This 2002 Ford Explorer came in with the complaint that the engine would run poorly or not at all. The customer stated that he was able to start the engine only after installing a new set of spark plugs. There were multiple codes stored in the PCM; P0113, P0123, P0453, P0708 and P1289.
Some of the erroneous data that I saw was EGR DPFE voltage at 5 volts without the engine running.
Intake air and coolant temperatures at -40 degrees F. TPS, IAT and CHT voltage at 5 volts.
Time to do some testing at the sensors. A 1/4 inch driver removes the retaining bolts for the top engine cover.
Checking the five volt reference signal on the brown/white wire found zero volts.
Checking voltage on the gray/red wire found a reading of .527 volts. It is what should be expected on the return circuit (sensor ground).
Having already looked at a wiring diagram, I went to the DPFE sensor to check the signals there. There is a thumb latch that has to be depressed to disconnect the harness from the sensor.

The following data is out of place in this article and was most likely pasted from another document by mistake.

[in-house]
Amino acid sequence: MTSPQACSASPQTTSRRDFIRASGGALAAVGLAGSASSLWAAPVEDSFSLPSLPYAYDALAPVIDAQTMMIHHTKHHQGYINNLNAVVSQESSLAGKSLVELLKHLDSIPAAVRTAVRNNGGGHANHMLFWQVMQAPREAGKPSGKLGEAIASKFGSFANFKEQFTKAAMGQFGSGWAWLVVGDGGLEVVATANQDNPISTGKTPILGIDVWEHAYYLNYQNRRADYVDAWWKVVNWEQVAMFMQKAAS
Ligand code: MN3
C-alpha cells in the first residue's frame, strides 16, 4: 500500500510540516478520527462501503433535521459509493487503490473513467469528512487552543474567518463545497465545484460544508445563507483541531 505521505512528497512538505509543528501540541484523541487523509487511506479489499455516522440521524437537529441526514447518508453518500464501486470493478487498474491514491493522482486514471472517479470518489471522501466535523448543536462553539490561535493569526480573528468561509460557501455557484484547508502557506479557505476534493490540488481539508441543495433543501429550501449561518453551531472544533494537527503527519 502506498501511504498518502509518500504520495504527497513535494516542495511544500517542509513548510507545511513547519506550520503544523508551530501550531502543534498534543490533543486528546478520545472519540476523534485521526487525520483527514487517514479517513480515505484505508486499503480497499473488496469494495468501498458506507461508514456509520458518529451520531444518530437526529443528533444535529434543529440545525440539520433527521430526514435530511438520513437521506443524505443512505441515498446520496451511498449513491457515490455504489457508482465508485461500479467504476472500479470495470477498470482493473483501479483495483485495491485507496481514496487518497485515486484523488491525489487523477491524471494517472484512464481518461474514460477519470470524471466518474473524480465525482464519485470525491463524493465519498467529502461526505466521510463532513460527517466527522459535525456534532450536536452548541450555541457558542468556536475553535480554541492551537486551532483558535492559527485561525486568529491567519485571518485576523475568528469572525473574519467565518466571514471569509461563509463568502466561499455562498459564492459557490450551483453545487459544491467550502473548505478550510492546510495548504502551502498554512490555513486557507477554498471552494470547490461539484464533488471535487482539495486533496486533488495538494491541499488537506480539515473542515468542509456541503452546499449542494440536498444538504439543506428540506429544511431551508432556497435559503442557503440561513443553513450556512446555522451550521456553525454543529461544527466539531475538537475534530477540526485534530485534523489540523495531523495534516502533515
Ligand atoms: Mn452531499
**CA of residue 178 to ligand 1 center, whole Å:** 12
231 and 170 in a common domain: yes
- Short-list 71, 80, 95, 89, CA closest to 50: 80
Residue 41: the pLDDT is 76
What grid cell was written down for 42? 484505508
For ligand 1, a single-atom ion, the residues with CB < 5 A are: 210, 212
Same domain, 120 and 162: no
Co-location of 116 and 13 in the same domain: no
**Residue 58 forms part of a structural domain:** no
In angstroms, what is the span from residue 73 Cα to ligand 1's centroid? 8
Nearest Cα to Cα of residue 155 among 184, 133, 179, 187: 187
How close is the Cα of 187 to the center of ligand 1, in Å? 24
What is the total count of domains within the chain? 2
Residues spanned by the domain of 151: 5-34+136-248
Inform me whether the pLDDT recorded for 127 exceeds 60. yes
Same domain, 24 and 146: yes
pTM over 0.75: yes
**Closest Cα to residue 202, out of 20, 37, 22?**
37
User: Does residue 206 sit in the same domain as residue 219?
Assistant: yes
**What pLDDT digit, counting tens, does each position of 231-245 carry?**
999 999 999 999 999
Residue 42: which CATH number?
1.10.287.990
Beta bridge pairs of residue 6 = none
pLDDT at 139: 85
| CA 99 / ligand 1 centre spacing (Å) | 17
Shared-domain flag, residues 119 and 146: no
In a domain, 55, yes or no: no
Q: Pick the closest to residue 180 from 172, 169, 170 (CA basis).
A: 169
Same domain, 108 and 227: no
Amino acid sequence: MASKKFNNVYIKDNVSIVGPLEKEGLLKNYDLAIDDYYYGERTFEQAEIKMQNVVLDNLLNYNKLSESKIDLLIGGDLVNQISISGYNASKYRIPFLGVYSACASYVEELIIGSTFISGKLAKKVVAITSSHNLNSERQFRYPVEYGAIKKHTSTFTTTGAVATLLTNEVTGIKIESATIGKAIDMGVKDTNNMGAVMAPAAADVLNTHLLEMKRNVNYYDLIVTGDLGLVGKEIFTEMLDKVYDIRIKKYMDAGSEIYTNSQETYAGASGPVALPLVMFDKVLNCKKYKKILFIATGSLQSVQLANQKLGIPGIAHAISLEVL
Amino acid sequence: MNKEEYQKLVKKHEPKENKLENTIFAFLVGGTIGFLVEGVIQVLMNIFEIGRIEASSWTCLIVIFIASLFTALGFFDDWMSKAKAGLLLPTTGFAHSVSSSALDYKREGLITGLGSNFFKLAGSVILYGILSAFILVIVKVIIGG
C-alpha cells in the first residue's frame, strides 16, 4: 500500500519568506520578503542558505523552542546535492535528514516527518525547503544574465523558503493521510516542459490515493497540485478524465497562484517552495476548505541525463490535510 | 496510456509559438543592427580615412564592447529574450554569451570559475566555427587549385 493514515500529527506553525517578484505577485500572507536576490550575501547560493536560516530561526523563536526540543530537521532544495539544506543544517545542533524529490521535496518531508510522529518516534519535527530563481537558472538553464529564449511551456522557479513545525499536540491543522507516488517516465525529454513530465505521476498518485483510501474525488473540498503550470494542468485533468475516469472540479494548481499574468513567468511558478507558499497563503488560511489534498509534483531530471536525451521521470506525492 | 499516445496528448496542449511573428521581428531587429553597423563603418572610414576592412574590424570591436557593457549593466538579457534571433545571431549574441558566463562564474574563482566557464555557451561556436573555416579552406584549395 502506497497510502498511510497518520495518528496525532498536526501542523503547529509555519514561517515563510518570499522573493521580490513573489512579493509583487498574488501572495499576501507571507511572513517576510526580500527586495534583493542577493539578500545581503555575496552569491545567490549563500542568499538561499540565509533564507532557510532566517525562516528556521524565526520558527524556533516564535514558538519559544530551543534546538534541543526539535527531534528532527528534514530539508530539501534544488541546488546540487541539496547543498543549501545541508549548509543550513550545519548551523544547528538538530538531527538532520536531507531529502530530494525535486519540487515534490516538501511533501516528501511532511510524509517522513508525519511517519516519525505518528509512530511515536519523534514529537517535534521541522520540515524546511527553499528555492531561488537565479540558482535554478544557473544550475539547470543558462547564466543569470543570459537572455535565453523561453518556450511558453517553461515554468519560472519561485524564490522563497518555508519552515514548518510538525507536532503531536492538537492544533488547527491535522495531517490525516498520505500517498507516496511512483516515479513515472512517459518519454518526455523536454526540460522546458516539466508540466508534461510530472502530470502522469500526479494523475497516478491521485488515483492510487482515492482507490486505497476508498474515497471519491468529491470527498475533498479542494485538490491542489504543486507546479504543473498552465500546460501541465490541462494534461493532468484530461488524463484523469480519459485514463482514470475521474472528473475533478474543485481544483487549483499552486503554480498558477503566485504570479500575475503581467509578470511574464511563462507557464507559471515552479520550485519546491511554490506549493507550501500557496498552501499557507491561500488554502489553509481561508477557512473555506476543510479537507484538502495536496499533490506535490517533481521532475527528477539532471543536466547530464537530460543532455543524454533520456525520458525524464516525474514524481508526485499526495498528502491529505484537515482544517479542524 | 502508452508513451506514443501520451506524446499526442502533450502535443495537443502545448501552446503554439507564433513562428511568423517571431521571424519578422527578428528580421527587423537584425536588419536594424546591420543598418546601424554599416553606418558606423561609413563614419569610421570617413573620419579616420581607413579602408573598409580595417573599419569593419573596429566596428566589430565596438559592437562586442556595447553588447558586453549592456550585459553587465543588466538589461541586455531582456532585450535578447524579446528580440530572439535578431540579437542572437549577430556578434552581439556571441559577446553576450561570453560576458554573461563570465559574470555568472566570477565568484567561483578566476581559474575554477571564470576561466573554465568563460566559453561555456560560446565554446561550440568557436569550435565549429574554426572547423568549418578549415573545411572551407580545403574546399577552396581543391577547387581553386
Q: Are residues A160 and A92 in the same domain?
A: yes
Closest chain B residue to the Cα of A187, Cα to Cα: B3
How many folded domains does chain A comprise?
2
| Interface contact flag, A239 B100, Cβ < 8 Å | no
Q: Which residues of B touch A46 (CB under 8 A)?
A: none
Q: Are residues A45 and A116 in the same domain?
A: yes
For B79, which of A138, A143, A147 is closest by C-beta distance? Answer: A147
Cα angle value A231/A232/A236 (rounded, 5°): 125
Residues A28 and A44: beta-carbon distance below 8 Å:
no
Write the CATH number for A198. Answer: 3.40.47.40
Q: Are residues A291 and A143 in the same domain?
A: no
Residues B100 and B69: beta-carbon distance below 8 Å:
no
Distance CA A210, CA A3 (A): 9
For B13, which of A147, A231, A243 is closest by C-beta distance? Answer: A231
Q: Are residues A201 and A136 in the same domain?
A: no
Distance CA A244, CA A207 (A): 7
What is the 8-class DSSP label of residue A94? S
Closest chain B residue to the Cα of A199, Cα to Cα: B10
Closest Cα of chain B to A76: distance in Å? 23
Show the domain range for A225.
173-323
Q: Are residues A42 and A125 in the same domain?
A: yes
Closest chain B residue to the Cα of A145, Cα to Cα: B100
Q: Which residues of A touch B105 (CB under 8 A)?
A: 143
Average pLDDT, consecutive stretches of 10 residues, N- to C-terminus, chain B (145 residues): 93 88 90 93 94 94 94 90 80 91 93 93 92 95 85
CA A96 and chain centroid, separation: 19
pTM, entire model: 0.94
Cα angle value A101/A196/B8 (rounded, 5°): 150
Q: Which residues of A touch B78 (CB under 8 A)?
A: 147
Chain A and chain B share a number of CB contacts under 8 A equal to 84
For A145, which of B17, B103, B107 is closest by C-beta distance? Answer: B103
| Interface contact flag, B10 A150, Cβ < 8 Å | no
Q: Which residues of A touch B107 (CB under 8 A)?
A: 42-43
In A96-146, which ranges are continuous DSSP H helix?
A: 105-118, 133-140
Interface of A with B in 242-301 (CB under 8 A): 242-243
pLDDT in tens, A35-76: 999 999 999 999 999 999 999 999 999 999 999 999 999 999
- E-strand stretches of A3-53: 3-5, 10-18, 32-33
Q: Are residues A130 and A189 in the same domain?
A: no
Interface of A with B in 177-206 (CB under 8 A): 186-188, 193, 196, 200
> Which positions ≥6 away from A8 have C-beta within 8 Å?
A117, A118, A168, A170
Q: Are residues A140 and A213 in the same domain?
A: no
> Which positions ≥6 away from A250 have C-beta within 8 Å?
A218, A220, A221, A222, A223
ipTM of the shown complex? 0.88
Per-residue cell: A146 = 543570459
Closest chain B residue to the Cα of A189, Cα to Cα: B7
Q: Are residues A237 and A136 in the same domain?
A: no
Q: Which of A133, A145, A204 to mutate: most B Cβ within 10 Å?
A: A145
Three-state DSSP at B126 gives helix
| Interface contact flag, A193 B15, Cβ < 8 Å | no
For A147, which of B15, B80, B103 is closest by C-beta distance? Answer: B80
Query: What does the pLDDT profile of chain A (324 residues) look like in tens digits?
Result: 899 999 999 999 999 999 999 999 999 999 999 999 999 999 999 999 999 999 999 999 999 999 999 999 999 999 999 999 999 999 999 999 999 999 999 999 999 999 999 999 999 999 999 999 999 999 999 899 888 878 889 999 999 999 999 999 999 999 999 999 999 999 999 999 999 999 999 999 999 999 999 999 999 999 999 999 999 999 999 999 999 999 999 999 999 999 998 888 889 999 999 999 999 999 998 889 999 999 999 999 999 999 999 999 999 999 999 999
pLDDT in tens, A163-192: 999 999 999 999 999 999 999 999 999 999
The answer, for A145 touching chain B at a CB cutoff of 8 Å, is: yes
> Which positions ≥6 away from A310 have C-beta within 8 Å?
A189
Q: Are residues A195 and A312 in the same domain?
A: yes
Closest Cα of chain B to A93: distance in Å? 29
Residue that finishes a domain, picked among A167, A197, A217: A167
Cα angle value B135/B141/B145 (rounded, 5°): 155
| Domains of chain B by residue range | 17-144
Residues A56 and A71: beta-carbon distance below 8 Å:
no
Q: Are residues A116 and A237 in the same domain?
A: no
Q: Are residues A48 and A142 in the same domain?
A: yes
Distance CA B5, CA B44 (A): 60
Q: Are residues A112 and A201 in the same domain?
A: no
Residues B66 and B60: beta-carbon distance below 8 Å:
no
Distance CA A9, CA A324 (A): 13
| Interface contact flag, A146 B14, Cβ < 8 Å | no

Also knowing that it is fairly common for the DPFE sensors to short out and drop the PCM’s 5 volt reference, I rechecked the voltage on the brown/white wire and the proper five volt signal was present. I reconnected the TPS and started the engine. It started but took a few minutes before it started to run okay.
Time to change the DPFE sensor. Since the harness is already disconnected the only thing left to do is to separate the two hoses from the DPFE sensor tubes. I use a large common screw driver to pry the hoses off of the tubes. Being sure not to damage the hoses.
The new sensor on the right is nearly twice as big as the original. In case you were wondering DPFE stands for Differential (Delta) Pressure Feedback EGR sensor. The PCM uses it to determine if the EGR valve has opened and flowed the proper amount of exhaust gases back into the intake.
While I do my best to detail as much information as possible. There are many repairs that I have yet to document and some of you may wish to have more than I have provided. I would strongly recommend subscribing to one or both of the following data companies for further assistance. Although having an abundance of information does not guarantee an easy repair, the lack of adequate information will guarantee a failed repair!
Need more information? Subscribe to Mitchell1 today!